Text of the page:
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Army Technology Magazine
The May/June 2014 issue of Army Technology Magazine focuses on the Soldier of the future. Download the current issue by following the link below in Related Files.

ABERDEEN PROVING GROUND, Md. (May 21, 2014) -- Ten to 20 years ago, Army scientists were taking on tough challenges, thinking of the future and wondering how to help American warriors win decisively through technological advantages.

"That's the strength of Army basic research and the essence of our work at the Lab," said Dr. Patrick J. Baker, director of the laboratory's Weapons and Materials Research Directorate, U.S. Army Research Laboratory. "We're taking multidisciplinary approaches to push the frontiers of fundamental science and technology that result in transformational capabilities."

ARL teams with academia and industry, and other government partners to invest in science and engineering as well as manufacturing expertise needed to drive innovation, she said.

The Army is on the brink of transitioning prototype technologies to military users who need them most, like protective robots.

Imagine a squad of Soldiers on patrol, followed by a team of unmanned air and ground vehicles, suddenly coming under fire. But before the enemy can get a clear enough view of the Soldiers in his sights, the air vehicles sense the location of the enemy and informs the unmanned ground vehicle, which rolls open and deploys a protective shield around the Soldiers. That's one kind of protection Army scientists are imagining for future warriors.

Right now, this capability is purely conceptual, according to Dr. Shawn Walsh, a researcher leading the Agile Manufacturing Technology team at Aberdeen Proving Ground, Md.

"We're in the early stages of understanding how far we can push current unmanned systems technology," Walsh said. "We have built a lot of support for it and it's pointing to a horizon 10 to 20 years into the future."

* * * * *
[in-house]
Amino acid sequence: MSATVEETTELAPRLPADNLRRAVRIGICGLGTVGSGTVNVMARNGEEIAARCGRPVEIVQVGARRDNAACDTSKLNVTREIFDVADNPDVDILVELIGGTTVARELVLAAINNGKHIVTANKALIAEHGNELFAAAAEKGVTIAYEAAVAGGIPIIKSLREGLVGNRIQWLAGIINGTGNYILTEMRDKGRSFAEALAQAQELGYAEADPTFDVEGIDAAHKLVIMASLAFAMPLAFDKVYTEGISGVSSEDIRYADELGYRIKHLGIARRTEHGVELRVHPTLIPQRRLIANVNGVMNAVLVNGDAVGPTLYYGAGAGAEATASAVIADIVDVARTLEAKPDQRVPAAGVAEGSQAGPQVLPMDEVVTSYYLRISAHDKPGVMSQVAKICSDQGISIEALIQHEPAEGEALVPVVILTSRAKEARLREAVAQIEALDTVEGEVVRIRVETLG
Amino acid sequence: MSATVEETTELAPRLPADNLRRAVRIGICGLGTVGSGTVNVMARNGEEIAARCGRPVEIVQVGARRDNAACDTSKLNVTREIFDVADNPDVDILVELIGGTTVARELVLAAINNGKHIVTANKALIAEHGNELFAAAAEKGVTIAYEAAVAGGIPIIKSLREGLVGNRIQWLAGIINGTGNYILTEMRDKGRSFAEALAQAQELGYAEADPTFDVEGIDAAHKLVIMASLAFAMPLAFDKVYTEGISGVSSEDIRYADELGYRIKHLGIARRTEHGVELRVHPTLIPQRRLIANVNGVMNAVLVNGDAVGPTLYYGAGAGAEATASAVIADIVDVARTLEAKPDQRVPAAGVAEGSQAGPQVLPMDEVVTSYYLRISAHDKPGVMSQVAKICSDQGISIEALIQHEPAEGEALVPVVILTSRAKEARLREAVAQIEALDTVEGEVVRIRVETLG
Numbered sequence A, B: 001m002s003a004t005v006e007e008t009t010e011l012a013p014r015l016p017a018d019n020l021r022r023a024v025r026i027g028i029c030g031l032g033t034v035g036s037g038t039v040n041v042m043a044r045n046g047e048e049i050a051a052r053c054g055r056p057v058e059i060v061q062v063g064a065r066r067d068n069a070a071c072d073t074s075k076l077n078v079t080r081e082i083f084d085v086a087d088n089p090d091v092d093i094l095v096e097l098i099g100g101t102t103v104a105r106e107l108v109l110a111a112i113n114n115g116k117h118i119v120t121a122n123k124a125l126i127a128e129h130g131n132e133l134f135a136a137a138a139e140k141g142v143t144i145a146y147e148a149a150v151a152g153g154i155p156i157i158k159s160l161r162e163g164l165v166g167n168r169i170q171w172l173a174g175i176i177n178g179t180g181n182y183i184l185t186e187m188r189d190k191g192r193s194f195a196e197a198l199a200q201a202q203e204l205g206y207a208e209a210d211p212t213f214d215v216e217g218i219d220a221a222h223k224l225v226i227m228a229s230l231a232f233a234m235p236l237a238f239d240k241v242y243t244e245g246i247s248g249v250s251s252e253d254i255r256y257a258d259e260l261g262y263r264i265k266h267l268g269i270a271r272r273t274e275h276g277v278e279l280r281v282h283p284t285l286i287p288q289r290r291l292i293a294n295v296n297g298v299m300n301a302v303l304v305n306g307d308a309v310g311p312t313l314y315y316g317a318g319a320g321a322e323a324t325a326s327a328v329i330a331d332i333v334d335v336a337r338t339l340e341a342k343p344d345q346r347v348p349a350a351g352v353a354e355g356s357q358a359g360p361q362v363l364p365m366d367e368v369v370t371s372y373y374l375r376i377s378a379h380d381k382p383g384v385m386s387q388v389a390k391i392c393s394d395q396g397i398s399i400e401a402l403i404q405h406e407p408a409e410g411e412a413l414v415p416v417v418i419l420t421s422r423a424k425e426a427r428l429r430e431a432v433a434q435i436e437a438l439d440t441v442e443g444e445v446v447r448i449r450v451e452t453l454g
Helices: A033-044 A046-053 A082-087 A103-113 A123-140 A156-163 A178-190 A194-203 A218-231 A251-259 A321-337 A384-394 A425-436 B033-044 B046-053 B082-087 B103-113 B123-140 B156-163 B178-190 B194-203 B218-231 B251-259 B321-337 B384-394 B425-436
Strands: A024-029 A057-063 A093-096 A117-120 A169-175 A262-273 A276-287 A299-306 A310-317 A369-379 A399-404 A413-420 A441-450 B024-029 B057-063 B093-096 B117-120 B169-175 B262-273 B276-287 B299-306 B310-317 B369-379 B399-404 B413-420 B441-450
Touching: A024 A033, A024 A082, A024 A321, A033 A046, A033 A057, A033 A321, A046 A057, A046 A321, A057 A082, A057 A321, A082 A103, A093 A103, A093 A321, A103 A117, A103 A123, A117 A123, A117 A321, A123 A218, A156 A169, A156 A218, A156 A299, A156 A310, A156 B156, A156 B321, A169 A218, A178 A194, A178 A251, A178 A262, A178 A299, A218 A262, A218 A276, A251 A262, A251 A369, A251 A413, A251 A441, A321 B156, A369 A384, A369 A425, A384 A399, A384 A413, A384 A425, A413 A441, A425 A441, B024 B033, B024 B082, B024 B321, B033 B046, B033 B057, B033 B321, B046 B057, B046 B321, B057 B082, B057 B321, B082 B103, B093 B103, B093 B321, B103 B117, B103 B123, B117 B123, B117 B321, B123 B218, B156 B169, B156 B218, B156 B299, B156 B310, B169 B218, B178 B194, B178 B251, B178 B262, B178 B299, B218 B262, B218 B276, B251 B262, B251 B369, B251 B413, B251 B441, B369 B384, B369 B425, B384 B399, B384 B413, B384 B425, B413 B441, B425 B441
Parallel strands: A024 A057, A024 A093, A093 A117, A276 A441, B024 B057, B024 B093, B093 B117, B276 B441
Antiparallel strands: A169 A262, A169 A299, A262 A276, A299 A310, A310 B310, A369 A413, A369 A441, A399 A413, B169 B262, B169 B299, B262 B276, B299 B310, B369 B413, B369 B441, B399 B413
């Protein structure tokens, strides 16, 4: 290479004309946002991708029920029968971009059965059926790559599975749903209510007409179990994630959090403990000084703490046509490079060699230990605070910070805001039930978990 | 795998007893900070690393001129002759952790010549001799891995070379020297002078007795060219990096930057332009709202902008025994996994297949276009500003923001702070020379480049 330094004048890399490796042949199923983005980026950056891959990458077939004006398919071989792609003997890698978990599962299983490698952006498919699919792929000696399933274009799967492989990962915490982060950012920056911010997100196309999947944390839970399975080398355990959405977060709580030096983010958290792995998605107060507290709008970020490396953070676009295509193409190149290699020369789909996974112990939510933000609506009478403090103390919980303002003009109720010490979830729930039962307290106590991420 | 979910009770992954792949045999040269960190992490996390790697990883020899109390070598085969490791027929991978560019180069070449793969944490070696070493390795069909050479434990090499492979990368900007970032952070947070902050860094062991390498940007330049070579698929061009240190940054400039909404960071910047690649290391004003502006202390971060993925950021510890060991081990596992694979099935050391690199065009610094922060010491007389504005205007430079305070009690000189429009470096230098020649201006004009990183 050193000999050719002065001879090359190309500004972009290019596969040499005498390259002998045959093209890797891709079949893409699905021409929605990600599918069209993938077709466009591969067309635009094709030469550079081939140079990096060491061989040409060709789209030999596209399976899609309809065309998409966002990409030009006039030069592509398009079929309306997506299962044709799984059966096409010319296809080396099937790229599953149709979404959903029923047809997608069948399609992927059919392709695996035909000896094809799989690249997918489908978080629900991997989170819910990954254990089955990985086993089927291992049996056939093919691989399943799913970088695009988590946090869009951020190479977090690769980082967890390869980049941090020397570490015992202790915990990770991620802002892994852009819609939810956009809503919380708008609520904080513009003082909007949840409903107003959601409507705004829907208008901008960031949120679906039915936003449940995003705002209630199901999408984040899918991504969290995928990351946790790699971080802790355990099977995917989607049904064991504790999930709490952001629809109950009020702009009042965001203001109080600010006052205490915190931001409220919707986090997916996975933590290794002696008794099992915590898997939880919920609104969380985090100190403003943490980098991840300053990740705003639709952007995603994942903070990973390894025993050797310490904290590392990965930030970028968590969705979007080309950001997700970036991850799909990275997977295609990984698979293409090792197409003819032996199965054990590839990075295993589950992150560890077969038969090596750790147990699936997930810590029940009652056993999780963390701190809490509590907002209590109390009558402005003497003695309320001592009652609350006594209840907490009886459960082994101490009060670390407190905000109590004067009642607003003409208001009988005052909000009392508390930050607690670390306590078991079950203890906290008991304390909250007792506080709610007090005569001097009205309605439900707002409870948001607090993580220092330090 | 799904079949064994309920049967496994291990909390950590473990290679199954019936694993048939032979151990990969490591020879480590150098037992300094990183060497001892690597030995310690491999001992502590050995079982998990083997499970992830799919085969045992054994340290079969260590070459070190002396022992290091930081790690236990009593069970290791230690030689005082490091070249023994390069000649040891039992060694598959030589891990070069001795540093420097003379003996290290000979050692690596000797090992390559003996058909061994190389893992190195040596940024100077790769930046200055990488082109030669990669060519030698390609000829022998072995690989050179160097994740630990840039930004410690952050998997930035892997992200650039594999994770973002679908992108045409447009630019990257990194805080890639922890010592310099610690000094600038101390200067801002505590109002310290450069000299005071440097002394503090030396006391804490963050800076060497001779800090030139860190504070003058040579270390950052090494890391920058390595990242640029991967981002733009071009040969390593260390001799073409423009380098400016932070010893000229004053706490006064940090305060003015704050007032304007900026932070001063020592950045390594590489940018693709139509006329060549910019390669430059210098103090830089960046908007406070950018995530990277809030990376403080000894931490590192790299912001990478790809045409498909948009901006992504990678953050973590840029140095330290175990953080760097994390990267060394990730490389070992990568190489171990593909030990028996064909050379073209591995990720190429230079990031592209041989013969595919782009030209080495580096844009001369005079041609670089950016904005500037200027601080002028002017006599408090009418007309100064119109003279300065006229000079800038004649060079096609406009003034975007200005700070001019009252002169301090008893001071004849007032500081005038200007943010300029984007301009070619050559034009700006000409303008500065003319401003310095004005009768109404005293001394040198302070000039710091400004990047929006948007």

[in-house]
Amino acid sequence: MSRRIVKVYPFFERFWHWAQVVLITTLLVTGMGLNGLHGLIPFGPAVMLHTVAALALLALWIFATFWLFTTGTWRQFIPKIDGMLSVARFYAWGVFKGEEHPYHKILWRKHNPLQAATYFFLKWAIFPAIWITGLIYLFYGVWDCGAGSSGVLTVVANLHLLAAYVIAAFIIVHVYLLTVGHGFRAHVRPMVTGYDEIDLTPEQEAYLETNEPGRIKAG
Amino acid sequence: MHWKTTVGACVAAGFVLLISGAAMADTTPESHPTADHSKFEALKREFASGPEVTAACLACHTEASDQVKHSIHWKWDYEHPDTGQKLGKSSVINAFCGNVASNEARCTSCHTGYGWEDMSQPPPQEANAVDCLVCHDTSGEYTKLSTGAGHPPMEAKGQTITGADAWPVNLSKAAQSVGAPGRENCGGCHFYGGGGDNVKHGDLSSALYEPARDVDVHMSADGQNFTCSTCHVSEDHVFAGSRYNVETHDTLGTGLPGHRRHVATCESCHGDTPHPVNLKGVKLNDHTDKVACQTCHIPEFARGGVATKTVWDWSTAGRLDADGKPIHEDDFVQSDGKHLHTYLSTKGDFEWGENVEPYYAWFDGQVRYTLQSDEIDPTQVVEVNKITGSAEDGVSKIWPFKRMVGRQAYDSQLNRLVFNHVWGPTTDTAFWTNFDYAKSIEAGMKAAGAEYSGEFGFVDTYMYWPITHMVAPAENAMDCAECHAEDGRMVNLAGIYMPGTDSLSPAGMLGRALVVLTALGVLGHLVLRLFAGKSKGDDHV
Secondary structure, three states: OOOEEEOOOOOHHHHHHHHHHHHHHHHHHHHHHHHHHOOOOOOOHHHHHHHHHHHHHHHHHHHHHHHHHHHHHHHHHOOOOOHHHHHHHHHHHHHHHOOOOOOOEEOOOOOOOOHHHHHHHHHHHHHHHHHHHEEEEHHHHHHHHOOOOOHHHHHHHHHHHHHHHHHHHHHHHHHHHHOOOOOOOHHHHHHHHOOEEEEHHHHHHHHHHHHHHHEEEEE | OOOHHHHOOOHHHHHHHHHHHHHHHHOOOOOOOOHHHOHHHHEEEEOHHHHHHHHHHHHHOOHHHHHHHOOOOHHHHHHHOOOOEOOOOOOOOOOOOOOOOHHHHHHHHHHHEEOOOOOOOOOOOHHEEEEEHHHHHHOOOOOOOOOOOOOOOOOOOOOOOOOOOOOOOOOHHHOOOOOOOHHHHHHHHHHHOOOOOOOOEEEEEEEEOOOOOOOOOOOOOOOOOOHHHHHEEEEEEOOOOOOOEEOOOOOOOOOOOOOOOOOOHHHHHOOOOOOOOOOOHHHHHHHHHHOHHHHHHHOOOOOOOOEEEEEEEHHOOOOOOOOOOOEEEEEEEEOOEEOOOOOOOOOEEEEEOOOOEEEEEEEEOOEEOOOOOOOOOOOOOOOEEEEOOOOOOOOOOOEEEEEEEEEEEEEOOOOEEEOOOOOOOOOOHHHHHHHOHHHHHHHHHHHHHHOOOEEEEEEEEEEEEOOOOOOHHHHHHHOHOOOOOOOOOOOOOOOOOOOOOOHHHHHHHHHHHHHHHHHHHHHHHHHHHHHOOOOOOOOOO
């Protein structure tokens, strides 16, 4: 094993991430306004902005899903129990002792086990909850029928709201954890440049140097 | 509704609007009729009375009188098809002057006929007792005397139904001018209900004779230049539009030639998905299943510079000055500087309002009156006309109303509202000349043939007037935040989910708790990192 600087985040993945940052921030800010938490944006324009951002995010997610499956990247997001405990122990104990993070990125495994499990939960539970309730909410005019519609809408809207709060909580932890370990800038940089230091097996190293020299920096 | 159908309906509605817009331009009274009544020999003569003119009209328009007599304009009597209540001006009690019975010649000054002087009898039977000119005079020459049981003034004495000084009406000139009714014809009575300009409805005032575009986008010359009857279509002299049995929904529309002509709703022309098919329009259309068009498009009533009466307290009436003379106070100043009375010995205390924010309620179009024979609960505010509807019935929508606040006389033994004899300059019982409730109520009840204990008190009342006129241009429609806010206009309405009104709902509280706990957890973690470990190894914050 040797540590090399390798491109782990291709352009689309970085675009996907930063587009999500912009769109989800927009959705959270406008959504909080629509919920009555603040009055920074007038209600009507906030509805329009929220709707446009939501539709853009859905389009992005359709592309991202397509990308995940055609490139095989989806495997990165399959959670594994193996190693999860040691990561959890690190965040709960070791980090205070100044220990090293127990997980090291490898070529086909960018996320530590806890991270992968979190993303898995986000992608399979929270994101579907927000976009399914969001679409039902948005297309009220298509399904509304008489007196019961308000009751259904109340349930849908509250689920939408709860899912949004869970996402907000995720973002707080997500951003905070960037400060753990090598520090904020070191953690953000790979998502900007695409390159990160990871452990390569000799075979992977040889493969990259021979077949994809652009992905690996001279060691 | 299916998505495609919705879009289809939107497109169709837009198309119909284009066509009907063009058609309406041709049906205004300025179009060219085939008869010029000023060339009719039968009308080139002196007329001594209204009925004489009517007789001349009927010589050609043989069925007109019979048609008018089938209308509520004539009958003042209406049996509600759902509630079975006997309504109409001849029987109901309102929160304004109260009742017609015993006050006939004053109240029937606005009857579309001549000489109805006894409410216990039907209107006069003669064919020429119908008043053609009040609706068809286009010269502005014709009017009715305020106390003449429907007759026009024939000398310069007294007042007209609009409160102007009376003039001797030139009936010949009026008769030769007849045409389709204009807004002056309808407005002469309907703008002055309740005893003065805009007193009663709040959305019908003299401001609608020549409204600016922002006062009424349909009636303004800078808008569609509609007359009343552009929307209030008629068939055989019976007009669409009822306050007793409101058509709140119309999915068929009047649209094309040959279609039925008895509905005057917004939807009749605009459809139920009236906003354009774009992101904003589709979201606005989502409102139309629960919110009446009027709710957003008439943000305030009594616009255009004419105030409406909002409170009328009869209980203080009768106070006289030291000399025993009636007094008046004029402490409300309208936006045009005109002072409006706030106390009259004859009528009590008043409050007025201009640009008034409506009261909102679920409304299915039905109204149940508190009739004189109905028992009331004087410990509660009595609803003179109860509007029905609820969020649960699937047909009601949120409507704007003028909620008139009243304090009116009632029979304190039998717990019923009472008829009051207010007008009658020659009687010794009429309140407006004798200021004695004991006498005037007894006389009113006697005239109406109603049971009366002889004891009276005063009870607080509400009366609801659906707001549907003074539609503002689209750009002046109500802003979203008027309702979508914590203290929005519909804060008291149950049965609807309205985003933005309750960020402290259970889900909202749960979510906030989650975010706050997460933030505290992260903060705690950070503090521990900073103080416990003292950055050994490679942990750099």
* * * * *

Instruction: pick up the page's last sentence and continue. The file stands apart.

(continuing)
As called project CLASP, or Co-Located Assets for Soldier Protection, is a novel use of new unmanned assets in a purely protective role instead of the typical drone usage focused on surveillance and lethality.

"RDECOM [U.S. Army Research, Development and Engineering Command] is well-positioned to not only help set the vision for this concept, but lead novel and unprecedented research to improve and diversify the goal of Soldier protection," Walsh said.

Walsh said CLASP will protect Soldiers in ways not possible before.

"In essence, there is a confluence of technological advances that are making possible new ways of doing the business of Soldier protection," he said.

Elias Rigas, the Vehicle Applied Research division chief in the ARL Vehicle Technology Directorate, is another researcher involved in CLASP's early work.

"It's important for the Army to pursue cutting-edge, high-risk, high-reward research and also to consider how new technologies developed at the lab can potentially be used to help support Soldiers," Rigas said. "Implementation of technologies in new and out-of-the-box ways can also lead to capabilities that enhance Soldiers' survivability, lethality and effectiveness."

Researchers hope their efforts are an investment in the future.

"A great thing about working in the Army lab is that we have a lot of smart people with open minds working in different areas. If you discover or invent something revolutionary that may be big payoff, it won't be tossed aside just because it is different than how the Army fights today. For a scientist who wants to have an impact, that keeps you pretty excited," Baker said.

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The U.S. Army Research Laboratory is part of the U.S. Army Research, Development and Engineering Command, which has the mission to develop technology and engineering solutions for America's Soldiers.

RDECOM is a major subordinate command of the U.S. Army Materiel Command. AMC is the Army's premier provider of materiel readiness -- technology, acquisition support, materiel development, logistics power projection, and sustainment -- to the total force, across the spectrum of joint military operations. If a Soldier shoots it, drives it, flies it, wears it, eats it or communicates with it, AMC provides it.

Page last updated Wed May 21st, 2014 at 00:00